Study finds population in CR flood area will rise the most

CEDAR RAPIDS (KWWL) –The city of Cedar Rapids has been hit hard by flooding twice in the last eight years but people are still moving to the most at-risk areas for flood waters.

In September the Cedar River hit a high water mark of 22 feet which was the second highest ever.

The Cedar River hit a record crest of 31 feet in 2008 causing heavy damage to the city.

Although flooding in 2008 and 2016 left damage to areas of Cedar Rapids bordering the river, a report commissioned by the city finds that people living in areas at the highest risk will continue to grow.

According to the report the flood area of the city is anticipated to draw more people to live than the areas outside of it by 2020, proving past floods aren’t scaring people or developers away.

“When we all travel there is all kinds of places to live downtown and we just didn’t have any,” says B.J. Hobart, an Owner and Developer.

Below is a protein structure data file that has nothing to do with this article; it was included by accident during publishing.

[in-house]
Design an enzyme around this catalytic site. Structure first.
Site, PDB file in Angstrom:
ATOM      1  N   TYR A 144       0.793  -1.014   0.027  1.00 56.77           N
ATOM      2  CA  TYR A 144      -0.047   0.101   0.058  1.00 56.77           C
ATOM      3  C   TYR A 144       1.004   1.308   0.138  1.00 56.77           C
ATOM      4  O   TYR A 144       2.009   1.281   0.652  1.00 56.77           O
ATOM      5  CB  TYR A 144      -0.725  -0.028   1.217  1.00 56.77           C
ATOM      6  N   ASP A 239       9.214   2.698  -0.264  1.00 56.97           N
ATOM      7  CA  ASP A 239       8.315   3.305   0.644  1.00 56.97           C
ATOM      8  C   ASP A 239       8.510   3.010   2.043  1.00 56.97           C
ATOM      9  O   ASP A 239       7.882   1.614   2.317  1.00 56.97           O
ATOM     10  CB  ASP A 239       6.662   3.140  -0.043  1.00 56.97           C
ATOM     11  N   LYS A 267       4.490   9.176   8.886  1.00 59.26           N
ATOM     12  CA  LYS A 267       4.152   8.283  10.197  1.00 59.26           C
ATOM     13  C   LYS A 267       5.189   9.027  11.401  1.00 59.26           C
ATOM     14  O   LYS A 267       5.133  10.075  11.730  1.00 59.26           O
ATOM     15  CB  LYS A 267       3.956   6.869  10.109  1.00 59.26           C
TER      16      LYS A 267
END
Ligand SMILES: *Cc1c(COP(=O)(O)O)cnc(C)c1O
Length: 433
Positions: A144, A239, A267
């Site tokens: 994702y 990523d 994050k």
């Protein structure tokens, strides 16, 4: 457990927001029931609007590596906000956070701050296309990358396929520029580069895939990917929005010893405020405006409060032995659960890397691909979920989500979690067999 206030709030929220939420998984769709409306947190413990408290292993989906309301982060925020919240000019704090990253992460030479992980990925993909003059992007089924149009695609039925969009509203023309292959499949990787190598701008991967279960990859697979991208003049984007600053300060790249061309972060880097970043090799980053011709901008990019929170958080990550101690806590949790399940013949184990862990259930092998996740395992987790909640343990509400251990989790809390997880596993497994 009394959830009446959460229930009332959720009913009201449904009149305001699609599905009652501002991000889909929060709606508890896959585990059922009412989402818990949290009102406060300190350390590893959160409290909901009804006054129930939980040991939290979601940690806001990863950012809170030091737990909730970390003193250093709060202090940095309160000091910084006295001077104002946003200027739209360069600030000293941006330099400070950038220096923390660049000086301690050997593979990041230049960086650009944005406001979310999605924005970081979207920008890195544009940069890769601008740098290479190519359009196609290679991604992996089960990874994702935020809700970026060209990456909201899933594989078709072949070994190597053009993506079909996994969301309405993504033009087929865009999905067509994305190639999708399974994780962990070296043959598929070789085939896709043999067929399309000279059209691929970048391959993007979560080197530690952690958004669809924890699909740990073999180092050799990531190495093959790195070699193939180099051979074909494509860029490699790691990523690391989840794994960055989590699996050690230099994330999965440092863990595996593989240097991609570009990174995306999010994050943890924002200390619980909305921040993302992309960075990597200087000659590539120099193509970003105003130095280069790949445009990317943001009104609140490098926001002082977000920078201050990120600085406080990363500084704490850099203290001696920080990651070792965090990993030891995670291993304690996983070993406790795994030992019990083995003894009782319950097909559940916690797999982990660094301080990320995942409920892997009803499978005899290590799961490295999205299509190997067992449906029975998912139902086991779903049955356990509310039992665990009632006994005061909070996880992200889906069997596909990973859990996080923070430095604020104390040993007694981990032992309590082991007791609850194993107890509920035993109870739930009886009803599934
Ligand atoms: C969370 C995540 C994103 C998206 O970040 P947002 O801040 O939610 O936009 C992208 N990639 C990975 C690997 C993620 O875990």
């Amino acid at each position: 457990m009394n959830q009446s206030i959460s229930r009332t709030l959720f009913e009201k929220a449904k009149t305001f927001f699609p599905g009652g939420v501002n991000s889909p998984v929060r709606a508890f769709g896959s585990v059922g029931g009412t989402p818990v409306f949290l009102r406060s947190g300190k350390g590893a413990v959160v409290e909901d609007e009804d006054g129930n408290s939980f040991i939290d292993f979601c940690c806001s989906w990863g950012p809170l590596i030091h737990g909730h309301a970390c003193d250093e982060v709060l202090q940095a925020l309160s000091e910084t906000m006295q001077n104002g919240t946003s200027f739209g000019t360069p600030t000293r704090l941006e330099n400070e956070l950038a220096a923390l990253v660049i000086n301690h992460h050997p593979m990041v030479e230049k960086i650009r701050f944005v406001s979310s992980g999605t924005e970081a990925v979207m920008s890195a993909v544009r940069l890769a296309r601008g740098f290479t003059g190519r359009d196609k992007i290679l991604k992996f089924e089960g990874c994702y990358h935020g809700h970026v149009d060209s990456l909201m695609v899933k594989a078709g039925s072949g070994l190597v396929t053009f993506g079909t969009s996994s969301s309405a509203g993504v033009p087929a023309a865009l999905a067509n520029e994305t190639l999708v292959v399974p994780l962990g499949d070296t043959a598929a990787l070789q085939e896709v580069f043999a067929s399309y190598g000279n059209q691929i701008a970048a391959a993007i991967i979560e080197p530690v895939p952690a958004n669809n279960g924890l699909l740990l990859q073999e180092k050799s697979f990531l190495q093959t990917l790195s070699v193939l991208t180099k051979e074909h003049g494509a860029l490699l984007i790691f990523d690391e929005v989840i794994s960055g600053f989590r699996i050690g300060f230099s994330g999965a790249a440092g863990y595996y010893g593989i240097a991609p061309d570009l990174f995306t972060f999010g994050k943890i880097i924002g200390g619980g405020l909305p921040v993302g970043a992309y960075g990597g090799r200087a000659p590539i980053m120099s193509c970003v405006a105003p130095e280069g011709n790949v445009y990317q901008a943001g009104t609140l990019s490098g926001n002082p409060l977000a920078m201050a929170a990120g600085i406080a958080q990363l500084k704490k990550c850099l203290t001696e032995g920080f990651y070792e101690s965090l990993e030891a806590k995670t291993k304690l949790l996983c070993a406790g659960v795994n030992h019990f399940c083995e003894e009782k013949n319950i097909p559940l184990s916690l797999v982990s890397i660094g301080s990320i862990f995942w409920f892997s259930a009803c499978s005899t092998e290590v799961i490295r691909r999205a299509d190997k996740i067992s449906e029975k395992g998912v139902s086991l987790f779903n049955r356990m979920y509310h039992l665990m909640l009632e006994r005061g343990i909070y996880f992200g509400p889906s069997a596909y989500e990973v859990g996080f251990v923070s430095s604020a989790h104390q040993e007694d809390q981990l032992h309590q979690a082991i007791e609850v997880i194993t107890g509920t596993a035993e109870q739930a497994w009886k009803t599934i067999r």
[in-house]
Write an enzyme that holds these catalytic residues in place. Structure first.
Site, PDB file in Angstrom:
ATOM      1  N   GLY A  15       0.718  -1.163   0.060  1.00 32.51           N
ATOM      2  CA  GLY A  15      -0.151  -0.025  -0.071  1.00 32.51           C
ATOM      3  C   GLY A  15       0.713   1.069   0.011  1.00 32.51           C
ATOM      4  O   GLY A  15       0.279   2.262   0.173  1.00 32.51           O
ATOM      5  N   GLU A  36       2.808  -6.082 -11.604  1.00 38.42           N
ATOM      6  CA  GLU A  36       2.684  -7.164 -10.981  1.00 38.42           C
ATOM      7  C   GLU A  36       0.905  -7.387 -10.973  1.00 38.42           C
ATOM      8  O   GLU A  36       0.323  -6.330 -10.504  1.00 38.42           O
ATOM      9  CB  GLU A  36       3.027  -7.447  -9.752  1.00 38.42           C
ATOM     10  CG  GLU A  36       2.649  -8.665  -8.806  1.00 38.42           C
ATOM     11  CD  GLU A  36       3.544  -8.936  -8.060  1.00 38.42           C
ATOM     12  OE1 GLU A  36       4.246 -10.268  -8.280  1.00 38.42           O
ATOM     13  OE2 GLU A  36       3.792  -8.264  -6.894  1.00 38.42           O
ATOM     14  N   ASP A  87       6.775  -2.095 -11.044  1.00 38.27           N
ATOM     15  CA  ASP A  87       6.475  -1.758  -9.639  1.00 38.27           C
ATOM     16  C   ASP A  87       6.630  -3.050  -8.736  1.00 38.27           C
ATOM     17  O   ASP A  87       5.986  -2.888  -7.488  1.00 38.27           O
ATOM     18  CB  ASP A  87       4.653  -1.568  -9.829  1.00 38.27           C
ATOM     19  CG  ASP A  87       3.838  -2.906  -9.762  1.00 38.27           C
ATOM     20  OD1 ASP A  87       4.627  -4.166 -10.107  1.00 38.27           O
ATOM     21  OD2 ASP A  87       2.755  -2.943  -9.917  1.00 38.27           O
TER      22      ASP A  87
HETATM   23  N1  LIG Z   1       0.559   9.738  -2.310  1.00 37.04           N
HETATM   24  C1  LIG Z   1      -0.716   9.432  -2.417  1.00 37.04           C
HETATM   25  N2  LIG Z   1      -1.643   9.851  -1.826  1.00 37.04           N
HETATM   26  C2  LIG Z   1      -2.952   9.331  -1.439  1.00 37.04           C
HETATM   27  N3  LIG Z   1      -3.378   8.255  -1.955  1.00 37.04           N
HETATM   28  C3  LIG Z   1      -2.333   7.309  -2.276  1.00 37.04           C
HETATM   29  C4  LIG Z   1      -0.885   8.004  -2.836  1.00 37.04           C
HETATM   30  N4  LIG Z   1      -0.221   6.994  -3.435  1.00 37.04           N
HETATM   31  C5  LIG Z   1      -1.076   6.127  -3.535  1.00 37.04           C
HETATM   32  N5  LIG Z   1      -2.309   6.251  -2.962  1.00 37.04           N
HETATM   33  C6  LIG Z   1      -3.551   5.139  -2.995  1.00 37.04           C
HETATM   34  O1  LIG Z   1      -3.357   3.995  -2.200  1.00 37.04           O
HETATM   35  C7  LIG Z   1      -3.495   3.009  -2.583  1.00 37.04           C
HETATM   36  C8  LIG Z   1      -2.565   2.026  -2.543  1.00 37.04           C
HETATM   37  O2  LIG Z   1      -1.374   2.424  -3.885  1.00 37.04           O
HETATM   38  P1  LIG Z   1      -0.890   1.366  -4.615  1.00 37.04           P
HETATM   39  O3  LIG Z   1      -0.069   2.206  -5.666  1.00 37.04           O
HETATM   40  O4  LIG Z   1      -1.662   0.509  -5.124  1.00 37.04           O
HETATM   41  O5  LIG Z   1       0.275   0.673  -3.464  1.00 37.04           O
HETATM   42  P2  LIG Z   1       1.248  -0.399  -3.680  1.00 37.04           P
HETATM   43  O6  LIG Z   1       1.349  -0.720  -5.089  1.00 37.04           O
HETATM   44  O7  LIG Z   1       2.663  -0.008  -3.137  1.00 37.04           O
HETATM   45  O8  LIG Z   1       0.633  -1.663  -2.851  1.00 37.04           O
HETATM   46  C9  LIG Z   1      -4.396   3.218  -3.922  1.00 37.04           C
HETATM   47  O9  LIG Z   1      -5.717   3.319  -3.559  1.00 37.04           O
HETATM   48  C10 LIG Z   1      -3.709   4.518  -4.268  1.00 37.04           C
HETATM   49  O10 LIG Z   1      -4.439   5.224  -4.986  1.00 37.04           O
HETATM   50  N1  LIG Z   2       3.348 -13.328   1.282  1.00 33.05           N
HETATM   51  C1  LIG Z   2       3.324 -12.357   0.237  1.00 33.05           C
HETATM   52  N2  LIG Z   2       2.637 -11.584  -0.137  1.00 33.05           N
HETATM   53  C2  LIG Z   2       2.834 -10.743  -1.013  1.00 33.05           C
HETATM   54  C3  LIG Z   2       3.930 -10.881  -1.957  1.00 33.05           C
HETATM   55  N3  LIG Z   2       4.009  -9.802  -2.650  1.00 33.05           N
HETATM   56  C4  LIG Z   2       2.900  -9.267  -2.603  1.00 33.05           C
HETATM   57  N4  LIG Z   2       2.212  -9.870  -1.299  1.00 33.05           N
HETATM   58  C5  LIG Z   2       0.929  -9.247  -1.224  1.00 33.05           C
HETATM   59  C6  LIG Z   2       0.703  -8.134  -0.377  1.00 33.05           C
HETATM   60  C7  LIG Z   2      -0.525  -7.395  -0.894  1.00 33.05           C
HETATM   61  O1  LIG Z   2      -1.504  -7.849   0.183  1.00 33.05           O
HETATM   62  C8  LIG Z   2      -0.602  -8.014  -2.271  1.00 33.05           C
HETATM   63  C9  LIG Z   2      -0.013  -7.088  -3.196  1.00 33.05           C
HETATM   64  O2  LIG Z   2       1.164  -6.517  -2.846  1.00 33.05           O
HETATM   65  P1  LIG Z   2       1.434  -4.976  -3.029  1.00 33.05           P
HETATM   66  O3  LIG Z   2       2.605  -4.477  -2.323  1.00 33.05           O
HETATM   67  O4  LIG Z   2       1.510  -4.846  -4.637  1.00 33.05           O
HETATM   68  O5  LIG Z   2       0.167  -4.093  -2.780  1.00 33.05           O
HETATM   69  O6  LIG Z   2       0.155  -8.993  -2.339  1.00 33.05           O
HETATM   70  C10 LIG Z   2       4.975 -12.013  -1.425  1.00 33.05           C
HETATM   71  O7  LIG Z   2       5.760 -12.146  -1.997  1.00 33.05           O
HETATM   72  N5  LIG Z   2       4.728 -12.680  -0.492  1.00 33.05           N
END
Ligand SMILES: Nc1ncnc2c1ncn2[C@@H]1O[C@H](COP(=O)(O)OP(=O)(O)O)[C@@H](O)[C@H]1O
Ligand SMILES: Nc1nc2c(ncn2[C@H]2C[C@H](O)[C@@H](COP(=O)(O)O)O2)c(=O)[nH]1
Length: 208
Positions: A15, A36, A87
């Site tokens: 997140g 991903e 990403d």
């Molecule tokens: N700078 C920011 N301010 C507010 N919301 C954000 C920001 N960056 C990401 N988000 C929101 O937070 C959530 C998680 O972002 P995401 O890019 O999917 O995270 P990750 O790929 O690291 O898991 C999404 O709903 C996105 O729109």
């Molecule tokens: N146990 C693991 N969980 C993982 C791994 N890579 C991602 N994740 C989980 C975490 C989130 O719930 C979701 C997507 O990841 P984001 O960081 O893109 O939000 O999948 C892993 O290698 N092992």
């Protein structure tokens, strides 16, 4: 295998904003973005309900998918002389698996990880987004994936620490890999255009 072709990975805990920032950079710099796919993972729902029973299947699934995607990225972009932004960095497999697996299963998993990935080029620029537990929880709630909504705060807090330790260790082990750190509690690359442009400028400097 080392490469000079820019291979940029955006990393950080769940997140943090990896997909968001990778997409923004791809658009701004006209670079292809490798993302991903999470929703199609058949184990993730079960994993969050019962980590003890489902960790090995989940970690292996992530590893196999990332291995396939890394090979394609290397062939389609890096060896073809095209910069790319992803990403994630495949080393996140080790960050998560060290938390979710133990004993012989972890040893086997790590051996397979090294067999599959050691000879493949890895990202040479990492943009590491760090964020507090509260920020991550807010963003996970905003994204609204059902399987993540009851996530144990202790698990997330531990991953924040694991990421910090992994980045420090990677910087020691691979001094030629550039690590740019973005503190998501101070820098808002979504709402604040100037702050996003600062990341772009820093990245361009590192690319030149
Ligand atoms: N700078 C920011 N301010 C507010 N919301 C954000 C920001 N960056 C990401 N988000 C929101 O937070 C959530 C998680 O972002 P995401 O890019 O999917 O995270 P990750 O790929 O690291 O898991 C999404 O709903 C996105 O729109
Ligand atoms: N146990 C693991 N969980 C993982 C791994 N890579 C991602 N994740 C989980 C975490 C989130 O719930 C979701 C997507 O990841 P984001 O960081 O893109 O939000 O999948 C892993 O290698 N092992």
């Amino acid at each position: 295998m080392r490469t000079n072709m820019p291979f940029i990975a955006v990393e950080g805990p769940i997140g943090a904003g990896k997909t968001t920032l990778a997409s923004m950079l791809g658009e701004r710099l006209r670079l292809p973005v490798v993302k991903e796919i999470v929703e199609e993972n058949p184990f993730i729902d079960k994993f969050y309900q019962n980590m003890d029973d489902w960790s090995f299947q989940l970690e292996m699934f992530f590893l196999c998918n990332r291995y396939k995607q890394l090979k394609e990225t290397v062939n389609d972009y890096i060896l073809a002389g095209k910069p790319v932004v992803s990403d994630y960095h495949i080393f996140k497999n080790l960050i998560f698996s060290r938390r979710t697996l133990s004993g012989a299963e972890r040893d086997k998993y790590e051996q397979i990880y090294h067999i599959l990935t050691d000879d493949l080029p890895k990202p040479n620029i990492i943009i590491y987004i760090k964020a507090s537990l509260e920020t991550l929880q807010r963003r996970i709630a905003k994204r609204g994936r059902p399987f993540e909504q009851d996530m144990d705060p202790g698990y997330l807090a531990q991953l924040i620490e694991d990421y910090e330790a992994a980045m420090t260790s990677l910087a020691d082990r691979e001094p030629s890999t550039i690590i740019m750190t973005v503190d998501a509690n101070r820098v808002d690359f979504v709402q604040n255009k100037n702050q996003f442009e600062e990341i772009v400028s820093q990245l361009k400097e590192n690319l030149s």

Hobart owns and developed ‘The Metropolitan a soon-to-be home for people in downtown Cedar Rapids.

While ‘The Metropolitan’ is located in the flood zone, there is more beauty there than fear with skyline views of downtown Cedar Rapids.

“I think everybody wants to live where the excitement is, I shouldn’t say everybody but a lot of people and I think the movement recently in the last decade or two is to come back down, 50 years ago it was to get away from downtown and live in the suburbs,” says Hobart.

More downtown and near downtown living continues be built, like ‘The Depot’ which is in the works in the Newbo area and also located in the flood zone.

An upswing in housing available in the flood area is the reason the study says there will be more population growth in the flood impacted areas of the city than in the areas outside of it come 2020.

“Just didn’t surprise us at all,” says Hobart.

The study also expects the Cedar Rapids population as a whole to grow.

A census done in 2010 has 126,326 people living in the city, that number is expected to grow to 137,497 by 2020.

You can read the study in full by clicking the link below: